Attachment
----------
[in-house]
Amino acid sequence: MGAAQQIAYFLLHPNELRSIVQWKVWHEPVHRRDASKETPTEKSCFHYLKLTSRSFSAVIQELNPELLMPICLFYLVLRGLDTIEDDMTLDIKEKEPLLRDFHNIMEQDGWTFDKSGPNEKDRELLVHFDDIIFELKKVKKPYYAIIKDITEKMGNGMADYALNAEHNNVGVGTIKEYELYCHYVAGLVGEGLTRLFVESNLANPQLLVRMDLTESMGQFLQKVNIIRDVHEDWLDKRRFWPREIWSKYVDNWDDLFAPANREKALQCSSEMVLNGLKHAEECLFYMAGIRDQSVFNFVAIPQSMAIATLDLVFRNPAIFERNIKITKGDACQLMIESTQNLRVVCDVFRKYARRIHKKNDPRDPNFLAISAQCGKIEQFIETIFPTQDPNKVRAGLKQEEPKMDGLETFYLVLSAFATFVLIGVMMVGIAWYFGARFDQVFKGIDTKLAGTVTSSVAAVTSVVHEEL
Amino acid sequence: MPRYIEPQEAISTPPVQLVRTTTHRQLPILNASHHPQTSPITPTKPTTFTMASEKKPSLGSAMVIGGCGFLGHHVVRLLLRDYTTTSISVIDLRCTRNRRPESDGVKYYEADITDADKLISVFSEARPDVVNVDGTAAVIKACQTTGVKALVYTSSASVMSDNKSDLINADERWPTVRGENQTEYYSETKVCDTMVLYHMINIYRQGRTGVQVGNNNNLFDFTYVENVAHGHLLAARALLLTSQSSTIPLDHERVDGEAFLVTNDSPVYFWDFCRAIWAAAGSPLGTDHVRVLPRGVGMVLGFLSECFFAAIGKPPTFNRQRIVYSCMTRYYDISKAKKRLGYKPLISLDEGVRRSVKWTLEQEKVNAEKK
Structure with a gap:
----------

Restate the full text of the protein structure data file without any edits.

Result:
[in-house]
Amino acid sequence: MGAAQQIAYFLLHPNELRSIVQWKVWHEPVHRRDASKETPTEKSCFHYLKLTSRSFSAVIQELNPELLMPICLFYLVLRGLDTIEDDMTLDIKEKEPLLRDFHNIMEQDGWTFDKSGPNEKDRELLVHFDDIIFELKKVKKPYYAIIKDITEKMGNGMADYALNAEHNNVGVGTIKEYELYCHYVAGLVGEGLTRLFVESNLANPQLLVRMDLTESMGQFLQKVNIIRDVHEDWLDKRRFWPREIWSKYVDNWDDLFAPANREKALQCSSEMVLNGLKHAEECLFYMAGIRDQSVFNFVAIPQSMAIATLDLVFRNPAIFERNIKITKGDACQLMIESTQNLRVVCDVFRKYARRIHKKNDPRDPNFLAISAQCGKIEQFIETIFPTQDPNKVRAGLKQEEPKMDGLETFYLVLSAFATFVLIGVMMVGIAWYFGARFDQVFKGIDTKLAGTVTSSVAAVTSVVHEEL
Amino acid sequence: MPRYIEPQEAISTPPVQLVRTTTHRQLPILNASHHPQTSPITPTKPTTFTMASEKKPSLGSAMVIGGCGFLGHHVVRLLLRDYTTTSISVIDLRCTRNRRPESDGVKYYEADITDADKLISVFSEARPDVVNVDGTAAVIKACQTTGVKALVYTSSASVMSDNKSDLINADERWPTVRGENQTEYYSETKVCDTMVLYHMINIYRQGRTGVQVGNNNNLFDFTYVENVAHGHLLAARALLLTSQSSTIPLDHERVDGEAFLVTNDSPVYFWDFCRAIWAAAGSPLGTDHVRVLPRGVGMVLGFLSECFFAAIGKPPTFNRQRIVYSCMTRYYDISKAKKRLGYKPLISLDEGVRRSVKWTLEQEKVNAEKK
Structure with a gap: